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Howard's end: A look back through columnist Howard Troxler's career

Howard Troxler's first column appeared in the Times on May 8, 1991. His last one will run in a few days. I'm proud to have known Howard for 20 years and marveled as he distilled a complicated issue to its essence in 550 words time after time after time. He doesn't just assert. He persuades. He never called people names, but he was happy to name names and call people out when they deserved it. He likes democracy and common sense. He doesn't like bullies or blowhards. Here is an excerpt from an early essay and, on Page 4P, more samples of his career's worth of columns. You'll see what I mean.

Jim Verhulst, Perspective editor

June 19, 1992

Let us compare the Florida Senate to the typical mugger.

The mugger is honest and straight- forward about his work.

He accosts you with his weapon. He demands your money.

You both know where you stand. There is no mistake about the nature of the transaction.

The mugger rarely feels the urge to deliver to you a pious, offensive speech to justify his action.

And then, mercifully, he runs away and is never seen again.

Not one of those things can be said on behalf of the Florida Senate.

Feb. 24, 1994

On disrespect in modern politics

I felt the same way about every president, even when I disagreed with his policies. George Bush campaigned here in 1992 and my Democratic friends made fun of me because I wrote what a thrill it was to see him …

Do people have a right to call Clinton a jerk? Sure they do, under the First Amendment. They have a right to burn the flag, too. I will fight for their right to do both. But not in my house. In my house, if somebody says, "To the president," I expect you to raise your glass.

Jan. 27, 1995

For the second year in a row, the Florida Legislature is wrestling with the question of exactly where it is legal for you to be naked.

You might think this is one thing you have got figured out. In my opinion, most people have a pretty good handle on where to be naked without much guidance from the Florida Legislature.

My own theory is that all of us have a little guy deep in our consciences in charge of suppressing the childhood urge to take off one's clothes and run around, yelling, "I AM NEKKID!!!"

If you could translate the running commentary he feeds to your brain, it might sound something like:

"Supermarket checkout line, no … public parking lot, nope … getting into car, nope … driving down interstate, hmm, better not … living room, not in front of the picture window … bedroom, okay, NOW."

April 5, 1995

Insult aside, the real accomplishment of talk radio and talk TV in American life has been to accelerate the divorce of opinion from fact. It is no longer necessary … if, in truth, it ever was … to base opinion on some smattering of fact. We have become a nation of 250 million know-it-alls, knowing more than the universities, more than scientists, more than judges and juries, more than, above all else, the president of the United States, who is incessantly wrong, and not only wrong, but foolish, and not only foolish, but actively evil, a man to be reviled, to be mocked, of whom not one good thing can be said … a president who, between smoking marijuana, screwing bimbos, sneaking out of the White House to commit murder and conspiring with his shrewish wife to destroy the moral values of America, in his spare time commands the Marines to wear lace panties, and aids Them Mexicans in stealing our good 'Murcan jobs, a man who takes the wrong side of every issue, and who has compiled an astounding record of wrongheadedness. It is a miracle the Republic survives.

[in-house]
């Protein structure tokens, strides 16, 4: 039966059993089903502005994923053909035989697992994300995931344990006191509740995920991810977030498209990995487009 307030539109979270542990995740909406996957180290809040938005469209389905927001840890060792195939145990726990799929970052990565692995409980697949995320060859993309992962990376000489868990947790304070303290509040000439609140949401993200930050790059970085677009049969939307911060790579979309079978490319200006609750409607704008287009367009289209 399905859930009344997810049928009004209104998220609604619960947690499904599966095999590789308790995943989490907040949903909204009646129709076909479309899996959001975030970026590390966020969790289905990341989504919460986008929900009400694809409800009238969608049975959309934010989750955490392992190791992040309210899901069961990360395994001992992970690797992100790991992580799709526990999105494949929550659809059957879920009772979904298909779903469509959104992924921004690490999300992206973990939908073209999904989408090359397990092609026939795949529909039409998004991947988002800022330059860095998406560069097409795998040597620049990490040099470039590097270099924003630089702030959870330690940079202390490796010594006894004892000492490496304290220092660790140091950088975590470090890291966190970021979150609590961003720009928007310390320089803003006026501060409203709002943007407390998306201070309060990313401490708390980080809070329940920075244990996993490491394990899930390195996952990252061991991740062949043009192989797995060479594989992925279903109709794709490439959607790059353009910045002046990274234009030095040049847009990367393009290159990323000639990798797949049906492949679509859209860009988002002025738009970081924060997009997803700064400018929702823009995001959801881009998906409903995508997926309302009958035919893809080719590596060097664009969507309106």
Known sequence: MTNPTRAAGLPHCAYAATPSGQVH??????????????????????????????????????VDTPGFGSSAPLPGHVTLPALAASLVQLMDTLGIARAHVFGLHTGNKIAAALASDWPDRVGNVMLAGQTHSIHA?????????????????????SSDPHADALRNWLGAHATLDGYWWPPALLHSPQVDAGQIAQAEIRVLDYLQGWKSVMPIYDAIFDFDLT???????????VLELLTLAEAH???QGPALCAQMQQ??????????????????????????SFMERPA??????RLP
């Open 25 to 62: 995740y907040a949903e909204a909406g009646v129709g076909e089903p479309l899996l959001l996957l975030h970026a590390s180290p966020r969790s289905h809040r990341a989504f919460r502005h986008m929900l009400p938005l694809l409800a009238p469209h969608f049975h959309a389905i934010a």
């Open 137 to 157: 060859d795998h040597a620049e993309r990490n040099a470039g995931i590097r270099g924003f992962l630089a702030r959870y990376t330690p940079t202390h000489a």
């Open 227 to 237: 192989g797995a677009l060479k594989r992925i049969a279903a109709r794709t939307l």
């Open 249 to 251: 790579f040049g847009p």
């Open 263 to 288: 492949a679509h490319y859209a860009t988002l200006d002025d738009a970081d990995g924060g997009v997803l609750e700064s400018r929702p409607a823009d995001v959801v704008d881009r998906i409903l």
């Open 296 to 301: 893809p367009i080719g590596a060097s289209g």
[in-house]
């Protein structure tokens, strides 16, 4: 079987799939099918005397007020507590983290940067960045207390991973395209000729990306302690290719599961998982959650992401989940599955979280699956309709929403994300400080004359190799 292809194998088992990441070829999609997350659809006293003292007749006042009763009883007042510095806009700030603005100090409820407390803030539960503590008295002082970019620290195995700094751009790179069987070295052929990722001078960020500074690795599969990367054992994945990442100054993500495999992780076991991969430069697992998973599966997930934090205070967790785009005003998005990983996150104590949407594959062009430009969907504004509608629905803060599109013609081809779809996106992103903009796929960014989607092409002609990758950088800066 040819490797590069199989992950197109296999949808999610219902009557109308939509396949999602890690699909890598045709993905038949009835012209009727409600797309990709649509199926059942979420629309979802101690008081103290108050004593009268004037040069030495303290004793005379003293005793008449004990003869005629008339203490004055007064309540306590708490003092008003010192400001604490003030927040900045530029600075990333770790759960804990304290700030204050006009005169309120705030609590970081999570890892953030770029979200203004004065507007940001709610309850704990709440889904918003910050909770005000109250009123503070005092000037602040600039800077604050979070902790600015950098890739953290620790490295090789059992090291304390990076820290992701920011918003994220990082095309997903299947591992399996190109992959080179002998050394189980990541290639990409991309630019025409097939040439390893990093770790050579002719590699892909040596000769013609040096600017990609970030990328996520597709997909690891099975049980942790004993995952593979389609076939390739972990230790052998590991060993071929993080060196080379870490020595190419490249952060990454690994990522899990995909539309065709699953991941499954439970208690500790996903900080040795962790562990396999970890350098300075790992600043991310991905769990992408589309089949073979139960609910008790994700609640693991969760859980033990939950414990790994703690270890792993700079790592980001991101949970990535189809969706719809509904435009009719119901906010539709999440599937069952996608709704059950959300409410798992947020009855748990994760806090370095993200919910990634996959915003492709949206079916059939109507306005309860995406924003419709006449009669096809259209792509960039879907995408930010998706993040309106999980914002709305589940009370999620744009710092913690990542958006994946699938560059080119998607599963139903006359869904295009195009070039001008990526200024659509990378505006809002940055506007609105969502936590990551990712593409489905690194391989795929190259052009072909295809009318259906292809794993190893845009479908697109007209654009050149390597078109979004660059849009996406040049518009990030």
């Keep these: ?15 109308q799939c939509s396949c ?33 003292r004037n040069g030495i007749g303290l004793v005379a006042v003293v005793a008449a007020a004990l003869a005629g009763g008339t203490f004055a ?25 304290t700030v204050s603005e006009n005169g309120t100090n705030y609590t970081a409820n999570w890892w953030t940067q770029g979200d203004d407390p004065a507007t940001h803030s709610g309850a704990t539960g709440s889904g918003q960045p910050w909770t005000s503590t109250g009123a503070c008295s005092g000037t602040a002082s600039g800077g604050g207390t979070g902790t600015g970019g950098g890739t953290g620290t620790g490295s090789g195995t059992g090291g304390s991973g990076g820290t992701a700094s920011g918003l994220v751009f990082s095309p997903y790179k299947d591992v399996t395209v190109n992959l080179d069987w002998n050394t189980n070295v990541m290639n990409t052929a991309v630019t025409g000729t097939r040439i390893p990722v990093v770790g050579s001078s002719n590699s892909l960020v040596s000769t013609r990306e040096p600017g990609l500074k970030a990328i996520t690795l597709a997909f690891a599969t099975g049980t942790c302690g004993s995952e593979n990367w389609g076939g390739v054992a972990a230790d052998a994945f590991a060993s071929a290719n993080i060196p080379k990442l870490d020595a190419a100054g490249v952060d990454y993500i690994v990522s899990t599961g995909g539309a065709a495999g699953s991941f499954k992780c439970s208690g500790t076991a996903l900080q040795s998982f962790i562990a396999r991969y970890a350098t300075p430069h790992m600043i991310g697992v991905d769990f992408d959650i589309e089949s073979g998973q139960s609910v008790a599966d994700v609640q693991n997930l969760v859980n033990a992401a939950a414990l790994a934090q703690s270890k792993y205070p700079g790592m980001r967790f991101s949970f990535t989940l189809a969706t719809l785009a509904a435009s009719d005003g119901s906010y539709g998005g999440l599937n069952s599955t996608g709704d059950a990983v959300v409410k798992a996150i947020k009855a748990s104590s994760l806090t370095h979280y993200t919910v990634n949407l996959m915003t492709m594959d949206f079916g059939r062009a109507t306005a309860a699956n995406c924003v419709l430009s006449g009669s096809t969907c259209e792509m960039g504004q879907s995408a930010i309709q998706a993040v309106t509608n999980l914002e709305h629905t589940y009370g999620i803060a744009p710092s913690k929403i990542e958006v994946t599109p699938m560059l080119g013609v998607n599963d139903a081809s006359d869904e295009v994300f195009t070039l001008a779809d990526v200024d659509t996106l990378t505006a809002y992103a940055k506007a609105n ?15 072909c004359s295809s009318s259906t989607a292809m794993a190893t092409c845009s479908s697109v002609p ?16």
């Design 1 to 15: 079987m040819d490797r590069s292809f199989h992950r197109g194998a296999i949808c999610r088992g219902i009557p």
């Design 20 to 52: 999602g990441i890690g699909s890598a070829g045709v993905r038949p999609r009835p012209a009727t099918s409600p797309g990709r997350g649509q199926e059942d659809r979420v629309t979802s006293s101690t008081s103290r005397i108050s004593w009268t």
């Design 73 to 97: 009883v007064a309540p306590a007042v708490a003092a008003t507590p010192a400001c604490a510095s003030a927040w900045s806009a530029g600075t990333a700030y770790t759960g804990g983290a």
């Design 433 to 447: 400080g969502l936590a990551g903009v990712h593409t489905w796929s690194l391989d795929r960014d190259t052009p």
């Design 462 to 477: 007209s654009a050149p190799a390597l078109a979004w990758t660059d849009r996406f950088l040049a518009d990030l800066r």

Feb. 17, 1996

From New Hampshire

Iowa was not as bad as this. Iowa had the grace to be embarrassed. Iowans kept asking: Do you like us? Do you really like us? Do you mind that we're having this vote? Say, you aren't making fun of us behind our back, are you?

New Hampshire is a parody of itself. It is a lovely state gone insane. New Hampshire is Bette Davis with a crazy glint in her eye, holding a terrified Joan Crawford hostage in the attic. The candidates take turns playing Joan Crawford. They are terrified.

Jan. 26, 1998

"Say 'go' or 'no go,' " a stern voice says, and goes down the list of unintelligible departments. STM? "Go.'' SRB? "Go.'' MPS? "Go.'' Range weather? "Go.'' And so forth. All go. Actually, they do it twice.

"At this time, we have no constraints for launch,'' a voice reports. Then, more informally, to the listening crew: "We'll try to get you out of town tonight.''

The clock starts again.

By the dozens, we move past the grandstand, into the field, down past the countdown clock. Up close, you hear it humming, not ticking. Down to the shoreline. Silhouettes only, shadows moving in the darkness, whispering. The loudspeaker in the distance: Five minutes. Two minutes. One minute. We stand in silence. Ten. Nine. Eight.

"Main engine start.''

Then dawn.

Dec. 1, 2000

It has come to this. A rental truck full of chad rumbles up the Florida highways to the capital city, while the Legislature convenes to hold its own election for president, and 10,000 lawyers sue each other while waiting to see whether the U.S. Supreme Court stomps on the whole thing like Godzilla.

The Ryder truck is perfect for Florida. No, wait. It would be perfect if the driver had his turn signal blinking the whole way. If the guy ran out of change at the tollbooth. If he got stuck for hours behind somebody from Michigan driving 45 mph in the left lane. If he got robbed at a rest stop. If he opened the back door and little Elian popped out.

Aug. 22, 2001

It is a good thing that back in Luther's day they didn't have Designated Protest Areas.

Modern spin doctors would have fenced off Luther out of sight, several blocks away, where he wouldn't bother decent people. There would have been no nailing of anything on the church door, nosiree.

"Hey, look at me!'' I can hear poor Luther shouting, his voice echoing across the empty cobblestones. "Look, I have some Theses!'' Everybody would figure he was a nut. All the big scribes would be blocks away over at the university. At most, Luther would get a tiny, it-takes-all-kinds photo back on page 7B of the Wittenberg Daily Bugle ("Lone Protester Fails To Spoil Leo X's Day.'')